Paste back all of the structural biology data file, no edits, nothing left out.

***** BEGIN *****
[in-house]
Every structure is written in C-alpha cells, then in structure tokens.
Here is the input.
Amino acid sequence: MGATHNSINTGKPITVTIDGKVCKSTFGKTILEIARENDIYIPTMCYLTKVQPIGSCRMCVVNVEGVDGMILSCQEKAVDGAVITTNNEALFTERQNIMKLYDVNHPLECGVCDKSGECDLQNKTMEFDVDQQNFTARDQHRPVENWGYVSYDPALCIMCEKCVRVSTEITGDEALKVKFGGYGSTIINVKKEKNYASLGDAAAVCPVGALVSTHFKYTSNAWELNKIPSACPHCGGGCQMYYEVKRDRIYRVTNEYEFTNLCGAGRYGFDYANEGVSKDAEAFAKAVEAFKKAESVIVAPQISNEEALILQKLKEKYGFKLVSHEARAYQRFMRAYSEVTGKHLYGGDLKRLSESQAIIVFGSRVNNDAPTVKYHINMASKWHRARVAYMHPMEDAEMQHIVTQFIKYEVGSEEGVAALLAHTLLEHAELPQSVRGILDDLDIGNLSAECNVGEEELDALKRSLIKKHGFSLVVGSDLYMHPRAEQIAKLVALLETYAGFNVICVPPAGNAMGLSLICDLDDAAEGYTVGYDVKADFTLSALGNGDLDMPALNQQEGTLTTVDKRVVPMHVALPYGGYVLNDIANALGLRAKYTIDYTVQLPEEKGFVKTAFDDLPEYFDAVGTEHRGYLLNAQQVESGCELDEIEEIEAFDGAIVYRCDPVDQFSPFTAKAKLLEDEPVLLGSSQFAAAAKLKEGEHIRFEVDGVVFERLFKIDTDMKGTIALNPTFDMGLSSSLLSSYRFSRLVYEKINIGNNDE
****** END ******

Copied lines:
[in-house]
Every structure is written in C-alpha cells, then in structure tokens.
Here is the input.
Amino acid sequence: MGATHNSINTGKPITVTIDGKVCKSTFGKTILEIARENDIYIPTMCYLTKVQPIGSCRMCVVNVEGVDGMILSCQEKAVDGAVITTNNEALFTERQNIMKLYDVNHPLECGVCDKSGECDLQNKTMEFDVDQQNFTARDQHRPVENWGYVSYDPALCIMCEKCVRVSTEITGDEALKVKFGGYGSTIINVKKEKNYASLGDAAAVCPVGALVSTHFKYTSNAWELNKIPSACPHCGGGCQMYYEVKRDRIYRVTNEYEFTNLCGAGRYGFDYANEGVSKDAEAFAKAVEAFKKAESVIVAPQISNEEALILQKLKEKYGFKLVSHEARAYQRFMRAYSEVTGKHLYGGDLKRLSESQAIIVFGSRVNNDAPTVKYHINMASKWHRARVAYMHPMEDAEMQHIVTQFIKYEVGSEEGVAALLAHTLLEHAELPQSVRGILDDLDIGNLSAECNVGEEELDALKRSLIKKHGFSLVVGSDLYMHPRAEQIAKLVALLETYAGFNVICVPPAGNAMGLSLICDLDDAAEGYTVGYDVKADFTLSALGNGDLDMPALNQQEGTLTTVDKRVVPMHVALPYGGYVLNDIANALGLRAKYTIDYTVQLPEEKGFVKTAFDDLPEYFDAVGTEHRGYLLNAQQVESGCELDEIEEIEAFDGAIVYRCDPVDQFSPFTAKAKLLEDEPVLLGSSQFAAAAKLKEGEHIRFEVDGVVFERLFKIDTDMKGTIALNPTFDMGLSSSLLSSYRFSRLVYEKINIGNNDE